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Since banning single-use coffee cups in June 2018, cafe chain Boston Tea Party saw its takeaway coffee sales fall by £250,000 - 25% down on its usual figures.
This came as no surprise to owner Sam Roberts, who said the impact had been factored into the company’s plans and they were prepared to sacrifice those profits.
The Bristol-based chain felt banning the cups was “the only true sustainable option”, as their combination of plastic and paper means the vast majority of disposable cups - around 99.75% of the 2.5 billion thrown away every year - end up in landfill.
According to Boston Tea Party’s website, the ban has saved more than 150,000 cups from that fate so far.
Roberts said he wanted it to be an inspiration for other companies to follow suit and to stop “putting their profits before the planet”.
Last year, a so-called ‘latte levy’ of 25p on disposable coffee cups was proposed by the Environmental Audit Committee.
It was rejected, after ministers said it was better for cafes to offer their customers discounts for bringing their own cups instead.
Several large coffee chains including Costa Coffee, Starbucks and Pret A Manger have introduced discounts for reusable cups.
Starbucks also trialled a 5p charge on takeaway cups, which it said increased the number of customers bringing in their own cup from 2.2% before the trial to 5.8% afterwards.
Boston Tea Party previously had a 25p discount scheme in place for reusable cups, but decided that with only 5% of their customers taking it up, the impact was insignificant.
Despite dismissing the latte levy, the Government has announced plans to tackle plastic pollution, by introducing a tax on all plastic packaging that doesn’t include at least 30% recycled content.
Meanwhile, Prime Minister Justin Trudeau announced earlier this week that Canada will ban single-use plastics altogether as early as 2021.
This ban is modelled on similar legislation passed by the European Union, which is intended to take effect in the same year.
With around 12 million tonnes of plastic now entering the world's oceans every year, it’s becoming clear that change is unavoidable, and governments, businesses and individuals are all adapting.
Aside from the sense of impending doom, a major driving force for change is the increasing demand among consumers for sustainable products.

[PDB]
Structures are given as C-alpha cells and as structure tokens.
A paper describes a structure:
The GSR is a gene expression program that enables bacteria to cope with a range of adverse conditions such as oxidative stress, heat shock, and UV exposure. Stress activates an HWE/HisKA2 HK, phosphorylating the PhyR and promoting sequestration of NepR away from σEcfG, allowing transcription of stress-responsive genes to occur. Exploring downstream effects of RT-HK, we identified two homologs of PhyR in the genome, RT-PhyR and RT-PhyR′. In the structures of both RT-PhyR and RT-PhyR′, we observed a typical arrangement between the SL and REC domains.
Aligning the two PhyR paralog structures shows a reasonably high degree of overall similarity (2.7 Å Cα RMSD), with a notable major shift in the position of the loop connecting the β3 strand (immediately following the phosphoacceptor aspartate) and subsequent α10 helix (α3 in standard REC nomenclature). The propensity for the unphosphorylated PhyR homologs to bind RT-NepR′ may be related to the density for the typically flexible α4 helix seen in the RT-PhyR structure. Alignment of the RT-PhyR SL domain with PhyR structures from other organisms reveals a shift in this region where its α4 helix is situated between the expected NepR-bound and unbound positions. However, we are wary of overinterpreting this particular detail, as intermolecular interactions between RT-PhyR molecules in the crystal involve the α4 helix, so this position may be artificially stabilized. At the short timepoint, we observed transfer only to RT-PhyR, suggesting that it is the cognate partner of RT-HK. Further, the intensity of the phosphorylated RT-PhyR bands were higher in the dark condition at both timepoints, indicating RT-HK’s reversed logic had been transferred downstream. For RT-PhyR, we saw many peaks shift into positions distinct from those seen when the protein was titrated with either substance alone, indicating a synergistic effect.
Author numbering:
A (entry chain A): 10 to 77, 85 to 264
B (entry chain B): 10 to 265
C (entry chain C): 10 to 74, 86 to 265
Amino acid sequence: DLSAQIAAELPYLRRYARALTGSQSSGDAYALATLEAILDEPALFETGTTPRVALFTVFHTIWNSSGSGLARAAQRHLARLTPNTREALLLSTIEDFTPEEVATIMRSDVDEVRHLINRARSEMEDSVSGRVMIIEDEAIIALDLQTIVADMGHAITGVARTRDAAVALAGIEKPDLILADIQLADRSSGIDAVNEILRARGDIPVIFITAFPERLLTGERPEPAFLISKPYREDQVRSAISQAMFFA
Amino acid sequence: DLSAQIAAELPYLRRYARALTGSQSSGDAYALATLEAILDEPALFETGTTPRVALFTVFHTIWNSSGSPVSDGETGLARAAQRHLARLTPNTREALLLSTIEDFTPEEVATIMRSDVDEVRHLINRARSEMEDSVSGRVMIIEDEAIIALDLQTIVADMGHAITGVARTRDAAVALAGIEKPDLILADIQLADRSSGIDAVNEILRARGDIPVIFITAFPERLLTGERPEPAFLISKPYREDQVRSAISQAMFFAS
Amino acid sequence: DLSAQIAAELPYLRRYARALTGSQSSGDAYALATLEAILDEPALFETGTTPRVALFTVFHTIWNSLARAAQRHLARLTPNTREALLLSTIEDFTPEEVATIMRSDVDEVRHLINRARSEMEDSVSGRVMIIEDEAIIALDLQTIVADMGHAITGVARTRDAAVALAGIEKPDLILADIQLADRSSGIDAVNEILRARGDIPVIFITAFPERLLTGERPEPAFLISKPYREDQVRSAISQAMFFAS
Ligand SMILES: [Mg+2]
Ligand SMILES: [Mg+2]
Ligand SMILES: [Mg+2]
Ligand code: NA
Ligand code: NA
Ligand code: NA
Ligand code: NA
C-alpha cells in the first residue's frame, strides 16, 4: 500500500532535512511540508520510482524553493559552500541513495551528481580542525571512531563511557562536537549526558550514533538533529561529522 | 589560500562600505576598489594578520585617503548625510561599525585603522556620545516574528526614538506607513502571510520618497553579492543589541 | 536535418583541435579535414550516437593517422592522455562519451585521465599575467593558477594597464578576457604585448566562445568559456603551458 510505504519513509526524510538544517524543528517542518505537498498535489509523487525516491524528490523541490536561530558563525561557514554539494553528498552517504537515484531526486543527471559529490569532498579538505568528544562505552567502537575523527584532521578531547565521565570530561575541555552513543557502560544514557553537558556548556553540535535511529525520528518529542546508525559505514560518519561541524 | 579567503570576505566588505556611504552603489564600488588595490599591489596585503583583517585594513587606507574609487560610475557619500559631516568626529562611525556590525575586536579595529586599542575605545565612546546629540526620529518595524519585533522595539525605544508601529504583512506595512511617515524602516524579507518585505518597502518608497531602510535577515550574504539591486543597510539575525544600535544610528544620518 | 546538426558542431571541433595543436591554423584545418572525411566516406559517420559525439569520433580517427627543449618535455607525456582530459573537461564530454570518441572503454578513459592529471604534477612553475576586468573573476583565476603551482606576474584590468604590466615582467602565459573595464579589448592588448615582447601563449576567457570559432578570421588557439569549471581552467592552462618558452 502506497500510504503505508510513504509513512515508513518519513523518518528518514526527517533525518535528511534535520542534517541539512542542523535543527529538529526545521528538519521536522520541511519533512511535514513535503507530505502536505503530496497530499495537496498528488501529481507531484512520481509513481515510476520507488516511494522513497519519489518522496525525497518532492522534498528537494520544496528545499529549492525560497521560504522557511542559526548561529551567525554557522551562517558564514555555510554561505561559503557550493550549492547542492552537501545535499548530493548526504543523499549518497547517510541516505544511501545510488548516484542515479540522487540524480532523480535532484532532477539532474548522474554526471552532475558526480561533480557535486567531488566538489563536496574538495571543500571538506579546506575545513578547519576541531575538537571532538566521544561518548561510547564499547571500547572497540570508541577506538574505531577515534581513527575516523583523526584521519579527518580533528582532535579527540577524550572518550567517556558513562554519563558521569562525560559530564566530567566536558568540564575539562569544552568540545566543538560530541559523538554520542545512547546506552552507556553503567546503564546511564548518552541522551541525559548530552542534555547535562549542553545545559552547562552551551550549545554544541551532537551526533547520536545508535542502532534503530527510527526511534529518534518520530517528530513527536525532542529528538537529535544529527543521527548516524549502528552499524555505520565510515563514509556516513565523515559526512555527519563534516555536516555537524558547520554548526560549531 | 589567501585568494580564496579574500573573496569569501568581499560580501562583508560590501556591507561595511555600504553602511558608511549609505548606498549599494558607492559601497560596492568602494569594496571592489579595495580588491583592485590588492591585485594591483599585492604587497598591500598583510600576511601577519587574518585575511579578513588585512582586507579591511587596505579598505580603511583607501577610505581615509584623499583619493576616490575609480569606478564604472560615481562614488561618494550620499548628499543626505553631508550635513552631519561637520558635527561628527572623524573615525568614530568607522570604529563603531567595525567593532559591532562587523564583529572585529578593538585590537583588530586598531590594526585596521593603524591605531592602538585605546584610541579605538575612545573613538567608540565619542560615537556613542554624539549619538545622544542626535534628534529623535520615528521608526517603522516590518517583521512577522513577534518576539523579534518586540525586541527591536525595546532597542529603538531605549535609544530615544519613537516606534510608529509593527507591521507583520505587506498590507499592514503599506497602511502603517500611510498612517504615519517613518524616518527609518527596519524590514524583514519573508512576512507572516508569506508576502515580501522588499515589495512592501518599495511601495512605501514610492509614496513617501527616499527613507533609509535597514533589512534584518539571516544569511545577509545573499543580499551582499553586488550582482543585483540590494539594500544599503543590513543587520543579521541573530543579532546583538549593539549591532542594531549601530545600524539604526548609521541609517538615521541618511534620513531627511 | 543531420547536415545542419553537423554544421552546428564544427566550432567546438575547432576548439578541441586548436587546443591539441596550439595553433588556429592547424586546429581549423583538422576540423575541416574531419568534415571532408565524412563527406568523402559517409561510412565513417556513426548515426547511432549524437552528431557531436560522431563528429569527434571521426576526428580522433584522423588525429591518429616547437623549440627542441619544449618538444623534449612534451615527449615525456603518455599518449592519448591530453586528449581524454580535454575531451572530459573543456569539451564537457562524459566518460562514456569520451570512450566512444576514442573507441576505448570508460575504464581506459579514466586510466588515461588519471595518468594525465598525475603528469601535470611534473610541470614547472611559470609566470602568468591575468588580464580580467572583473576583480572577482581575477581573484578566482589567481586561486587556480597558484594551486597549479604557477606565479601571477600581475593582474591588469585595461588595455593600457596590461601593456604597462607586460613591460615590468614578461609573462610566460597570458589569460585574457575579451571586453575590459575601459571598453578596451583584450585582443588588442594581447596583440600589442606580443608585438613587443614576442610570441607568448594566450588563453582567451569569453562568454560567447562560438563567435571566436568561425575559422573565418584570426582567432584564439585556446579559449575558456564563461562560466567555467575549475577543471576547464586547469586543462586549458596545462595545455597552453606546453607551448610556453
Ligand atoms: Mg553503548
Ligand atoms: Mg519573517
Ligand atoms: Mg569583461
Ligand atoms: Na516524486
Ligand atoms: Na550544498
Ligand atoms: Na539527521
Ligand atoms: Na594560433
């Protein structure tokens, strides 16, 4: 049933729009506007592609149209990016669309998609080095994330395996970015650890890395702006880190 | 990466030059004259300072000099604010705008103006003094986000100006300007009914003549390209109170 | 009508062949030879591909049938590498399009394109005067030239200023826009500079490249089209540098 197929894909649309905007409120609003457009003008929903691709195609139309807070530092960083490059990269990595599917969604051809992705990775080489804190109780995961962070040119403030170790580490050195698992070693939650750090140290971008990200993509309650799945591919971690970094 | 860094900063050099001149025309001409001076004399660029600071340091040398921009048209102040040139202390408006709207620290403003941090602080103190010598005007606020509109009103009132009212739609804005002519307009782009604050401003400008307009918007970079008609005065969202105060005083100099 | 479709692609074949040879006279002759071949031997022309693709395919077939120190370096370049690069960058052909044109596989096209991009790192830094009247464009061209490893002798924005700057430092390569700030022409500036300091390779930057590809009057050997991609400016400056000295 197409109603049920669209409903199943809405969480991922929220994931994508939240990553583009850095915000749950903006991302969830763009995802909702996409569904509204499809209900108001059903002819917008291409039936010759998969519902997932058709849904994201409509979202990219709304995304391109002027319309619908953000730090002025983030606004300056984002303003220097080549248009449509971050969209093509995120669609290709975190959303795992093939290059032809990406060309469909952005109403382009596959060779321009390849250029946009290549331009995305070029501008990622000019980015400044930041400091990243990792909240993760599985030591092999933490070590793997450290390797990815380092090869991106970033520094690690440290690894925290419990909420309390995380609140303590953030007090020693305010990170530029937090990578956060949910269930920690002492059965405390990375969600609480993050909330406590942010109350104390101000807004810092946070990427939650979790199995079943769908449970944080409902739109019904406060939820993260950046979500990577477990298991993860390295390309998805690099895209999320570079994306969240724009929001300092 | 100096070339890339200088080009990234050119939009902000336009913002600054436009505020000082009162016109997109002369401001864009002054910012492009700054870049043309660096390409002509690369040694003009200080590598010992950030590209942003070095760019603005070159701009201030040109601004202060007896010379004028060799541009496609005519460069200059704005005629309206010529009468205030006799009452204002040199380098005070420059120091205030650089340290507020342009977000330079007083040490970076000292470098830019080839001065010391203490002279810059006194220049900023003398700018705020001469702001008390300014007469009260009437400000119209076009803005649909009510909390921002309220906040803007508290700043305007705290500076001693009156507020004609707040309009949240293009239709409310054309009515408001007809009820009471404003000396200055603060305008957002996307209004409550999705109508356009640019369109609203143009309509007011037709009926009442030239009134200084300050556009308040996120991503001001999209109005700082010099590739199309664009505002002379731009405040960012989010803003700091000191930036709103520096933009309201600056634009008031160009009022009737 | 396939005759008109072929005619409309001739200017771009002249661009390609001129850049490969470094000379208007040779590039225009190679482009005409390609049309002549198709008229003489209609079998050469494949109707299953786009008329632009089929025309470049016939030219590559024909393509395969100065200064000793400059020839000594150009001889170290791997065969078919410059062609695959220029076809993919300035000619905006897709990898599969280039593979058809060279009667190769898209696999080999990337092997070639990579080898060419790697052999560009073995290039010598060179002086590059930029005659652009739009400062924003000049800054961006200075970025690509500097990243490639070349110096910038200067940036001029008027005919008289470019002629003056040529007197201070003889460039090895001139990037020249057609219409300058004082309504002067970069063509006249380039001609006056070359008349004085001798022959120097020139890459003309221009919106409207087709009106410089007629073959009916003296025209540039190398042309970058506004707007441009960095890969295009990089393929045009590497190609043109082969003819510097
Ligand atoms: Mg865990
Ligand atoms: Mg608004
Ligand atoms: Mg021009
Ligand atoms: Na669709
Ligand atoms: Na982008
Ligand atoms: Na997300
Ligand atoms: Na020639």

According to a survey by Nielsen, 81% of people around the world feel it is “extremely or very important” that companies should help to improve the environment.
For some businesses, this could make environmentally-friendly choices a successful PR strategy - especially when they can also enhance the service.
Online supermarket Ocado recently invested £17m into vertical farming, a method of production where food is grown on a series of levels, in precisely-controlled indoor facilities.
The company said this would have “clear sustainability advantages”, including cutting down on waste, low water use, low land use and no pesticides. It could also cut down on food miles by allowing farms to be located closer to distribution centres.
In theory, this would also benefit consumers by giving them access to fresher products.
Ocado chief executive Tim Steiner said he wanted to “offer the freshest and most sustainable produce that could be delivered to a customer’s kitchen within an hour of it being picked”.
Unfortunately, not every business can absorb a 25% loss of sales like Boston Tea Party did and survive to tell the tale.
For most small cafes, convenient disposable cups can’t be done away with completely, but alternatives such as discount schemes or biodegradable cups might be viable.
Another approach is to look at improving sustainability in your supply chain, whether that’s by procuring goods from local sources, or ensuring your suppliers operate in an eco-friendly way.
Encouraging an environmentally-conscious workplace culture and considering using renewable energy suppliers are other areas worth considering.
Of course, the kinds of changes you’re able to make will depend on the kind of business you run, but some would argue a big part of the challenge is simply being prepared to change your own habits.
UKBF user khushy recently shared how they made their eCommerce business more sustainable, beginning with installing solar panels before cutting out single-use plastic:
“I am proud to say that now, we do not purchase or output any single-use petro-plastic during the course of our business and to be honest, it's not been at all difficult to achieve.
“A little creativity, and our cost base has not changed either.”
This is a very informative post. Great job!
Something as simple as improving your operations and cutting back on waste can have a significant environmental impact. You're hitting multiple birds with one stone. When you cut back on waste, you:
reduce environmental impact.
This is something every small business can do. And the savings they get from this can be used on more aggressive environmental initiatives.
Great writing and this is very smart act to ban these plastics and this help us in each perspective. There are so many multinational packaging company those are following all the rules.
These are very important points which brands should follow for producing these reusable stuff:
I have seen so many one packaging business those have a good stock of interest.